Adam Colangelo: Copper on Fire
By Lisa Scheid
There’s a sense of magic and destiny in the way Adam Colangelo describes how he began
working with copper. He found his first roll of copper in his grandfather’s
garage. It was as if it was waiting to be discovered, Colangelo recalls..
Somehow, he kept going back.
Maybe it was the opportunity to experiment and coax new
colors from metal. For this self-taught artist, learning is what fuels his art.
“I’ve always been a hands-on learner, and working with copper has been no
different,” says Colangelo. ”I’ve adopted an experimental, trial-by-error
approach over the years, and I’m still learning new things about the medium on
a regular basis. Not every experiment I conduct is a success, and this is what
helps me grow.” Colangelo grew up in Toronto, Canada, and currently lives and
works in Niagara’s wine country. With a mostly North American client base, he’s
exhibited internationally as well.
“Copper’s versatility always keeps me on my toes,” Colangelo says. “I often get
asked if I’m a painter, because I’m able to achieve patinas that look like they
came out of a paint tube. I like to think of copper as the underdog in the art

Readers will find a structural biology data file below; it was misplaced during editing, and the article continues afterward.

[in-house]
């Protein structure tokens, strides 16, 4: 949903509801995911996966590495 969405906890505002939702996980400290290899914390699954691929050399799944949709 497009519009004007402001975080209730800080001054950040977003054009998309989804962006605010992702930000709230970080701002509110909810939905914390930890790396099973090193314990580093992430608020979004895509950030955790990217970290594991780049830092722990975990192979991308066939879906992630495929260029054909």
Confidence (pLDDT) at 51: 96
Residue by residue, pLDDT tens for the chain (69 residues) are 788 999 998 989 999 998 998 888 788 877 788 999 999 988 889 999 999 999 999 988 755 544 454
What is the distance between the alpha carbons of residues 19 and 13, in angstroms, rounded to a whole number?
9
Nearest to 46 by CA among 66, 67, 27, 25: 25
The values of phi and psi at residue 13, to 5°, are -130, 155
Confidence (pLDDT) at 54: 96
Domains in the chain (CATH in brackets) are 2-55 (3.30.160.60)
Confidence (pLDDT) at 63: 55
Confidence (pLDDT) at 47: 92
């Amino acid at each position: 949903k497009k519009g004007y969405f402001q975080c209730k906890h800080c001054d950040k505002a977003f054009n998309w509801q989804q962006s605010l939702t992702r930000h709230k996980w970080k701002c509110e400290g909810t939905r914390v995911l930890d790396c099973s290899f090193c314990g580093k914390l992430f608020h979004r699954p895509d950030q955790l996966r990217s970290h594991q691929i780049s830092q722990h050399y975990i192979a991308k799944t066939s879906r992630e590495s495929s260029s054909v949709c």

community, because its potential is endless.”
Colangelo said he sees his art as therapy - for the client
or viewer and also for himself. “I’ve been fortunate to create site-specific
installations for hospitals in Canada and the U.S. It’s truly an honour that my
art can provide respite for people in need,” Colangelo says. “Whether art is
abstract or figurative, the beauty is that the user controls the narrative. In
this way, art is something for everyone. It can inspire, comfort, console, or
Colangelo’s discoveries aren’t limited to the medium. He has
also found insight into mental health through his work.
“Working on one of my pieces includes a number of steps,
many of which are repetitive,” Colangel reveils.”When I first started my career
in art, the repetition could be tedious, but over the years I’ve found the
process meditative. A sense of calm emerges through the mindless, repetitive tasks.”
He said he challenges himself to create work that speaks to the viewer.
“This means being open to new ideas and re-inventing
myself,” Colangelo says. “It would be easy to create the same work year after
year, but trying new processes and styles keeps things interesting for me and
my clients.” In 2018, he was selected to take part in a public art project to
bring awareness to brain health. Called The Brain Project, it is an annual
initiative which funds research for dementia and Alzheimer’s at the Baycrest
Foundation, located in Toronto, Canada. “I was lucky to have been selected to
participate in the 2018 show,” Colangelo said. “Each artist is tasked with
interpreting themes like brain resilience and memory onto a blank,
brain-shaped, three-dimensional form using a medium of their choice. The brains
are displayed in public places around Toronto, with the hopes of sparking
conversations about brain health.”
Colangelo’s work will be exhibited in July in the Toronto
Online Art Fair. He shows his work in Florida, Ontario, British
Columbia and New York.